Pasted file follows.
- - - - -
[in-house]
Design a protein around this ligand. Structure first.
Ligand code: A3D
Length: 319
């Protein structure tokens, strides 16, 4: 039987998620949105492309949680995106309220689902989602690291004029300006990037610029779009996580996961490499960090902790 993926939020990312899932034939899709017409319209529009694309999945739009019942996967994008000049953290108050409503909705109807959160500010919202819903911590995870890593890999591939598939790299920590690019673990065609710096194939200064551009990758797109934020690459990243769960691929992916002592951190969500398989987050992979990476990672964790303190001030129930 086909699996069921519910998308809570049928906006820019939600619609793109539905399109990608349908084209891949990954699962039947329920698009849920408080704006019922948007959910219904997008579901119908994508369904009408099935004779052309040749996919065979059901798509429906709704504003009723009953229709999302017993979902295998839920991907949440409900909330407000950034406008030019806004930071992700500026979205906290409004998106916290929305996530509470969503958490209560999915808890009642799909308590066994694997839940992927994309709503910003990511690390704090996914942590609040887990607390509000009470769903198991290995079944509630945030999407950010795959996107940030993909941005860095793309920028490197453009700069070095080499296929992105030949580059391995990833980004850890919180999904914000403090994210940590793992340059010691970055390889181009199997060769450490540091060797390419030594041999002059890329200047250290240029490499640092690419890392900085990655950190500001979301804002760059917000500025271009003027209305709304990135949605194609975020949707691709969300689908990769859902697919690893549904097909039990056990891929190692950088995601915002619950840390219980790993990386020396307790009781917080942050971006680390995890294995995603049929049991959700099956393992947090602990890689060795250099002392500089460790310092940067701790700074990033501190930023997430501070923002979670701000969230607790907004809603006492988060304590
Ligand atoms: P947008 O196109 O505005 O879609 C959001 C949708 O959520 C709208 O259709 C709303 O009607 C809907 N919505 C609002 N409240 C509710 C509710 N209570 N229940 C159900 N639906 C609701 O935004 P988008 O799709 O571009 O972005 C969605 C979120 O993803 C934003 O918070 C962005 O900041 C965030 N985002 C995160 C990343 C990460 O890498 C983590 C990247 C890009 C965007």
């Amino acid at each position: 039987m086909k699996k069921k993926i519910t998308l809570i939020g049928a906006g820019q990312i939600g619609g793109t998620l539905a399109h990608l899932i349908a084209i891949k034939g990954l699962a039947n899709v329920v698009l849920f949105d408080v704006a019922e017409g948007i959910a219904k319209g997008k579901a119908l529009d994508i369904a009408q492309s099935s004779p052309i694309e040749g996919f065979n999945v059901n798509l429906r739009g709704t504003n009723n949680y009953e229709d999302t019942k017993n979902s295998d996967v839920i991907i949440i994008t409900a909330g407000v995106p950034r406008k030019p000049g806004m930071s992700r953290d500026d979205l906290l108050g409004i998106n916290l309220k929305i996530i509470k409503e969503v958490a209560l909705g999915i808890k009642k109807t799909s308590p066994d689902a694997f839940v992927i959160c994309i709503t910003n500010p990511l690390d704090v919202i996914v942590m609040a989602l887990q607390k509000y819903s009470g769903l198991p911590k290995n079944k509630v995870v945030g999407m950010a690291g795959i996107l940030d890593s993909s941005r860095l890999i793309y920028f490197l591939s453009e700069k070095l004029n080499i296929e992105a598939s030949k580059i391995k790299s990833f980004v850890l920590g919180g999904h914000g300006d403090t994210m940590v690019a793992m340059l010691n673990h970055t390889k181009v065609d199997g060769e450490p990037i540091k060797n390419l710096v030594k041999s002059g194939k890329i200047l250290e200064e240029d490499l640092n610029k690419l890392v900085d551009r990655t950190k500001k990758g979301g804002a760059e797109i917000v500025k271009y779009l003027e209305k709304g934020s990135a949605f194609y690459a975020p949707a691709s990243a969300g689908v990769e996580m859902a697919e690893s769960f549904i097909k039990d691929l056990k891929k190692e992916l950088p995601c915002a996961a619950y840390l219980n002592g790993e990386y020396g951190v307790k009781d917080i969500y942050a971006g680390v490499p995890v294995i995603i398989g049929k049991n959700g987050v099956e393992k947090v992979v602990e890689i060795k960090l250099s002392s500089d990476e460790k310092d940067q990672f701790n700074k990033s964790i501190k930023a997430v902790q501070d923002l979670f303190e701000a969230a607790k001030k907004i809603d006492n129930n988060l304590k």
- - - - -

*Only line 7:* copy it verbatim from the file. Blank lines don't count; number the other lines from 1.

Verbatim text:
């Amino acid at each position: 039987m086909k699996k069921k993926i519910t998308l809570i939020g049928a906006g820019q990312i939600g619609g793109t998620l539905a399109h990608l899932i349908a084209i891949k034939g990954l699962a039947n899709v329920v698009l849920f949105d408080v704006a019922e017409g948007i959910a219904k319209g997008k579901a119908l529009d994508i369904a009408q492309s099935s004779p052309i694309e040749g996919f065979n999945v059901n798509l429906r739009g709704t504003n009723n949680y009953e229709d999302t019942k017993n979902s295998d996967v839920i991907i949440i994008t409900a909330g407000v995106p950034r406008k030019p000049g806004m930071s992700r953290d500026d979205l906290l108050g409004i998106n916290l309220k929305i996530i509470k409503e969503v958490a209560l909705g999915i808890k009642k109807t799909s308590p066994d689902a694997f839940v992927i959160c994309i709503t910003n500010p990511l690390d704090v919202i996914v942590m609040a989602l887990q607390k509000y819903s009470g769903l198991p911590k290995n079944k509630v995870v945030g999407m950010a690291g795959i996107l940030d890593s993909s941005r860095l890999i793309y920028f490197l591939s453009e700069k070095l004029n080499i296929e992105a598939s030949k580059i391995k790299s990833f980004v850890l920590g919180g999904h914000g300006d403090t994210m940590v690019a793992m340059l010691n673990h970055t390889k181009v065609d199997g060769e450490p990037i540091k060797n390419l710096v030594k041999s002059g194939k890329i200047l250290e200064e240029d490499l640092n610029k690419l890392v900085d551009r990655t950190k500001k990758g979301g804002a760059e797109i917000v500025k271009y779009l003027e209305k709304g934020s990135a949605f194609y690459a975020p949707a691709s990243a969300g689908v990769e996580m859902a697919e690893s769960f549904i097909k039990d691929l056990k891929k190692e992916l950088p995601c915002a996961a619950y840390l219980n002592g790993e990386y020396g951190v307790k009781d917080i969500y942050a971006g680390v490499p995890v294995i995603i398989g049929k049991n959700g987050v099956e393992k947090v992979v602990e890689i060795k960090l250099s002392s500089d990476e460790k310092d940067q990672f701790n700074k990033s964790i501190k930023a997430v902790q501070d923002l979670f303190e701000a969230a607790k001030k907004i809603d006492n129930n988060l304590k």